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  • Simoa
    January 1, 1970
    A thoroughly absorbing account of Audrey Hepburn’s life during WWII. These were her formative years, from ages 11-16. Imagine being a young girl, learning about the world and yourself, your body, and all of those experiences and puberty being impacted by trauma, death, and hunger. Robert Matzen writes with a clear reverence for his subject, one of the most renowned women of all time. Audrey was destined to be a star; this book once again shows us why, in so many vivid ways. The ending is almost A thoroughly absorbing account of Audrey Hepburn’s life during WWII. These were her formative years, from ages 11-16. Imagine being a young girl, learning about the world and yourself, your body, and all of those experiences and puberty being impacted by trauma, death, and hunger. Robert Matzen writes with a clear reverence for his subject, one of the most renowned women of all time. Audrey was destined to be a star; this book once again shows us why, in so many vivid ways. The ending is almost like a cliff hanger, as if the story of Audrey isn’t yet over. Though she’s been gone for over 25 years, she’s left an imprint on the world that can’t be easily removed. And who would want to? The reason we are all still talking about, dressing like, and admiring Audrey Hepburn is because she was a real jewel of a human being. Forged in the fires of a cruel war, but ultimately rejoicing even when death and destruction were always so near. Beautiful biography of a tremendous lady.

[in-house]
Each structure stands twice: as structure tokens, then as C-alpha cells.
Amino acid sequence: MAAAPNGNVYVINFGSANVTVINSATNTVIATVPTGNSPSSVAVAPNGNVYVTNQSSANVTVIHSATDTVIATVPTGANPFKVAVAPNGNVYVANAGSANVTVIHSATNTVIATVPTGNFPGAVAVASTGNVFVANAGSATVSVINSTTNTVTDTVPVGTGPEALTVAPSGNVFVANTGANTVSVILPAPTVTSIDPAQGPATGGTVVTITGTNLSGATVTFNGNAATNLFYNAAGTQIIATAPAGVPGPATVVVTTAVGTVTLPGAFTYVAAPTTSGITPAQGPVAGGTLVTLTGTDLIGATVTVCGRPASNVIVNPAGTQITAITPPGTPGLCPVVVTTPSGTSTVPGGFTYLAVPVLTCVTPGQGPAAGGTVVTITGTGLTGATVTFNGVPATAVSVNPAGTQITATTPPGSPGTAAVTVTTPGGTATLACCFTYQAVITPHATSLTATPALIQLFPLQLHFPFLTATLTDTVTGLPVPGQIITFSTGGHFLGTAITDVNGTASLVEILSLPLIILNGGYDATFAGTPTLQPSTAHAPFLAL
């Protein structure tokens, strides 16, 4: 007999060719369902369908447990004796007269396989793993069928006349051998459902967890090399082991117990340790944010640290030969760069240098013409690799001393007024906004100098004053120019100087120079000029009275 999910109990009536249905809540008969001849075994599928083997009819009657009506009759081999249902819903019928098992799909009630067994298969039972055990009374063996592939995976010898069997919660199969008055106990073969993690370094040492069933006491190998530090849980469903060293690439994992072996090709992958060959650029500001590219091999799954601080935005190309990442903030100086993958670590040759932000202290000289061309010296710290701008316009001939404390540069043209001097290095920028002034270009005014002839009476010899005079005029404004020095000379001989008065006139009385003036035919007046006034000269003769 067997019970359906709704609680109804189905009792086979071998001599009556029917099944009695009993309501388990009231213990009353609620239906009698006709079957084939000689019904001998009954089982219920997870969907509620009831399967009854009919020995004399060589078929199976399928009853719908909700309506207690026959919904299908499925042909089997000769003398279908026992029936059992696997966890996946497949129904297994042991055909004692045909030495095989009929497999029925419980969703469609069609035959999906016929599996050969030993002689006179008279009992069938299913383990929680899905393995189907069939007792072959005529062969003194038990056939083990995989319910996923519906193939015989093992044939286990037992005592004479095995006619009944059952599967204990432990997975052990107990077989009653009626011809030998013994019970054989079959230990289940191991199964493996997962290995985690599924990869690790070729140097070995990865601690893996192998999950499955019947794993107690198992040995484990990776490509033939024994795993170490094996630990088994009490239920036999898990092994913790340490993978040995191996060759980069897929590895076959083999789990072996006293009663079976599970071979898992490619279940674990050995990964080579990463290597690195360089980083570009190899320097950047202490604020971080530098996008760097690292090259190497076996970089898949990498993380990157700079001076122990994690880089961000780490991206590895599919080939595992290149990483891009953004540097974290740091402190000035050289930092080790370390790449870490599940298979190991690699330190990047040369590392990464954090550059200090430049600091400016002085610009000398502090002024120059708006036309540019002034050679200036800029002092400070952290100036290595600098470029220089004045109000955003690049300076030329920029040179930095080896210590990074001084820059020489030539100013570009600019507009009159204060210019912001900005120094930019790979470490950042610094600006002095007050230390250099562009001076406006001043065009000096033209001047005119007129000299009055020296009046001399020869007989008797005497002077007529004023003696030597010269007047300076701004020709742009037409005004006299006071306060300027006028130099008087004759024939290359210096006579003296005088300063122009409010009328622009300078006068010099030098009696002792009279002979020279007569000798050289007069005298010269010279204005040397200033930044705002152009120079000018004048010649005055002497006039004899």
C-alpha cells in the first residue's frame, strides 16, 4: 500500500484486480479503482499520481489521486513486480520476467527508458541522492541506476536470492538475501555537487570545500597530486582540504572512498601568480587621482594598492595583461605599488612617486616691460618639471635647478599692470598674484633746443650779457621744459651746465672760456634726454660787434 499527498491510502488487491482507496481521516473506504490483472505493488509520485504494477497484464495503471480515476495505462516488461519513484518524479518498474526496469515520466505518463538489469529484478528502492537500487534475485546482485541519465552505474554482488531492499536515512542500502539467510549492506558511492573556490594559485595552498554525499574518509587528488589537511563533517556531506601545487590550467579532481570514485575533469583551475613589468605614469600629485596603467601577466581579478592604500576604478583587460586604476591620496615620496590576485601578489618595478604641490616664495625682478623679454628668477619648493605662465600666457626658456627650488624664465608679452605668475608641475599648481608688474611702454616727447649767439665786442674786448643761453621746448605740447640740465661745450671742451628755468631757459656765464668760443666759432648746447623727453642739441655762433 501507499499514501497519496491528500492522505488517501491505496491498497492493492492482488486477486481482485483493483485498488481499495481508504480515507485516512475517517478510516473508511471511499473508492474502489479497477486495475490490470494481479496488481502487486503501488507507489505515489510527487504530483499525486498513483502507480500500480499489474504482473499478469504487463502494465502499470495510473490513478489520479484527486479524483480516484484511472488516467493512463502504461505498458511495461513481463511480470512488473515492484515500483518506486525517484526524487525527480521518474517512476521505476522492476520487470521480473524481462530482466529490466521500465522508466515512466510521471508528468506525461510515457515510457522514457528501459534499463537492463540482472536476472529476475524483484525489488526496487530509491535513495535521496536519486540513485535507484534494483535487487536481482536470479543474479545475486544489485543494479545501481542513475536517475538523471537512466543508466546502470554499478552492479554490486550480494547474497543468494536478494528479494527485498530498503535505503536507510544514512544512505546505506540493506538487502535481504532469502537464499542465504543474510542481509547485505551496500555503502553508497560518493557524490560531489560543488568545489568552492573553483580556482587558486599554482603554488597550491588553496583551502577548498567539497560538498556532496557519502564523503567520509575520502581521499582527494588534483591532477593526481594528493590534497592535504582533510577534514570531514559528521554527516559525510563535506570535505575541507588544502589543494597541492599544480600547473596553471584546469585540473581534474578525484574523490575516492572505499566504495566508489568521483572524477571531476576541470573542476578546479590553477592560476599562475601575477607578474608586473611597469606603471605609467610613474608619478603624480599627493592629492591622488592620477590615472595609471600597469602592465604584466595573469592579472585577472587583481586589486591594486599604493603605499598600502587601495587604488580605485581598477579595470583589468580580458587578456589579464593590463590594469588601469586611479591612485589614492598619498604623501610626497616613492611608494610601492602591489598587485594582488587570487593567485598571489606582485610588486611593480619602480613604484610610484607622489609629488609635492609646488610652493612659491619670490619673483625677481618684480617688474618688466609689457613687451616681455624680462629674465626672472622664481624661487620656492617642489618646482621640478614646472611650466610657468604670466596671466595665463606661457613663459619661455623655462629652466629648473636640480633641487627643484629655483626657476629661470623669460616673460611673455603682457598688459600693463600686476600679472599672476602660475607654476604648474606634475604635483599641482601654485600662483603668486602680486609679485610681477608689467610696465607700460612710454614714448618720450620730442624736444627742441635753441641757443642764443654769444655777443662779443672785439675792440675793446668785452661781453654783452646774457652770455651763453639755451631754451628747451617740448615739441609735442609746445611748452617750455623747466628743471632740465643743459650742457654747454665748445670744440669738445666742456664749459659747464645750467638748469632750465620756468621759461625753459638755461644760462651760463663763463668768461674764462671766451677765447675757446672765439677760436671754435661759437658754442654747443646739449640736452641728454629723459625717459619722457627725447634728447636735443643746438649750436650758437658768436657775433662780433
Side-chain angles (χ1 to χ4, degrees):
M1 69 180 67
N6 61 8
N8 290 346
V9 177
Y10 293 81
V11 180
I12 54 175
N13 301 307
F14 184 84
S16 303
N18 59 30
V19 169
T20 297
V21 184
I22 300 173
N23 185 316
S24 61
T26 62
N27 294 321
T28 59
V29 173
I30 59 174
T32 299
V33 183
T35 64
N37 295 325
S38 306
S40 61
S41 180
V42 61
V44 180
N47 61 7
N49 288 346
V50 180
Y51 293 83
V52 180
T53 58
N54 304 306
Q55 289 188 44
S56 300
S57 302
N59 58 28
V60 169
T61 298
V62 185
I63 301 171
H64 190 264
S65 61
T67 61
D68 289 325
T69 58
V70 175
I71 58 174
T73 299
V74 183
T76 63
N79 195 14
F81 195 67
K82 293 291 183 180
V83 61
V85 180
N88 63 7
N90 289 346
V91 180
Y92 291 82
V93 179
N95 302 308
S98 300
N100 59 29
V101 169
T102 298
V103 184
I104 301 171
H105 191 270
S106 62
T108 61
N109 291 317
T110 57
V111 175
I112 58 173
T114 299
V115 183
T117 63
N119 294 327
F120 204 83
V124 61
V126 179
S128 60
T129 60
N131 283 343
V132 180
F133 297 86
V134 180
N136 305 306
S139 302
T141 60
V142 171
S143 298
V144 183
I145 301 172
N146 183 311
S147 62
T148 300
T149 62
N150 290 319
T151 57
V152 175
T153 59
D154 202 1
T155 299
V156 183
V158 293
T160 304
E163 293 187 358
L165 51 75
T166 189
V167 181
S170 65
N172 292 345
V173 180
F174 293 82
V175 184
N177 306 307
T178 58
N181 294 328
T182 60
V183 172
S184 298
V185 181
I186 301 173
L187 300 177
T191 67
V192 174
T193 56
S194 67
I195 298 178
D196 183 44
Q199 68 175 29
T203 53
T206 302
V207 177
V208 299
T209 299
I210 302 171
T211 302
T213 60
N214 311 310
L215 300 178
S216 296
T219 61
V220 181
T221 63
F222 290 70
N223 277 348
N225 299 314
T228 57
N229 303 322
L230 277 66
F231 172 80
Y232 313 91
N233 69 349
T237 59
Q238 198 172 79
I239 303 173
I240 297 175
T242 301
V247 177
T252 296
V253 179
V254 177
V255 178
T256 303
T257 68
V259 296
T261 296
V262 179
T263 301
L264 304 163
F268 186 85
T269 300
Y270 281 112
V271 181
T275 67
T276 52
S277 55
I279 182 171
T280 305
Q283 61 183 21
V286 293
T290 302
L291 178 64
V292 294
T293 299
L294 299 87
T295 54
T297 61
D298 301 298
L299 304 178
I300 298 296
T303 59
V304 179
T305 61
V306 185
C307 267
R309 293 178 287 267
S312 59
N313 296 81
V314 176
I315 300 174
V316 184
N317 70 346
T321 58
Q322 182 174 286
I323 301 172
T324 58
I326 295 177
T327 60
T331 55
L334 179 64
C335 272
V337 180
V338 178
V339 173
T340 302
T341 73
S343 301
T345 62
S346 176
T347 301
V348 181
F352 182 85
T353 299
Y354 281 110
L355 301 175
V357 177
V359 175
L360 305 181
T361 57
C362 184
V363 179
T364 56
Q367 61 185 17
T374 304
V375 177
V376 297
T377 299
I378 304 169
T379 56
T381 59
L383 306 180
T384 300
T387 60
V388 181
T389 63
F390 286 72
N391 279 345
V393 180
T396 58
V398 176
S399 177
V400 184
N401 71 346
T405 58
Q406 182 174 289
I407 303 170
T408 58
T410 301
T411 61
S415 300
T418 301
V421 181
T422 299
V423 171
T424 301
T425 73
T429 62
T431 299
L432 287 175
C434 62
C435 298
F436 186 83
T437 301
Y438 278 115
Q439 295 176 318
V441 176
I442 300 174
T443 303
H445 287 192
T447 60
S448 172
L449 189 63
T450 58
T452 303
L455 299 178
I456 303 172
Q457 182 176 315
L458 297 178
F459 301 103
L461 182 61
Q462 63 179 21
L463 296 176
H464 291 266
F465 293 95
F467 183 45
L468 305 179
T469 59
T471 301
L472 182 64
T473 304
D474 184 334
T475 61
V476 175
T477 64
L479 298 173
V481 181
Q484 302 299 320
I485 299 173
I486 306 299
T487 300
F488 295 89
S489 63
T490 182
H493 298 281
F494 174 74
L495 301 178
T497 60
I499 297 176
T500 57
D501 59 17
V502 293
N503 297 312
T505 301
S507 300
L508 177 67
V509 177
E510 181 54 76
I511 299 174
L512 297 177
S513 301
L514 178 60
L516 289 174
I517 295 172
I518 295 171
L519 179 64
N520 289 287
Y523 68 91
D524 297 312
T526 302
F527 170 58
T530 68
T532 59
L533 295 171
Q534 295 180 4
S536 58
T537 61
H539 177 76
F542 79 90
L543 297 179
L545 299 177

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  • sanne_reads
    January 1, 1970
    3.5*
  • Betty
    January 1, 1970
    Review coming soon.
  • Hermien
    January 1, 1970
    An extra star because Audrey Hepburn and WWII are subjects that interest me. I felt some bits of it were a bit self-serving.
  • Susan
    January 1, 1970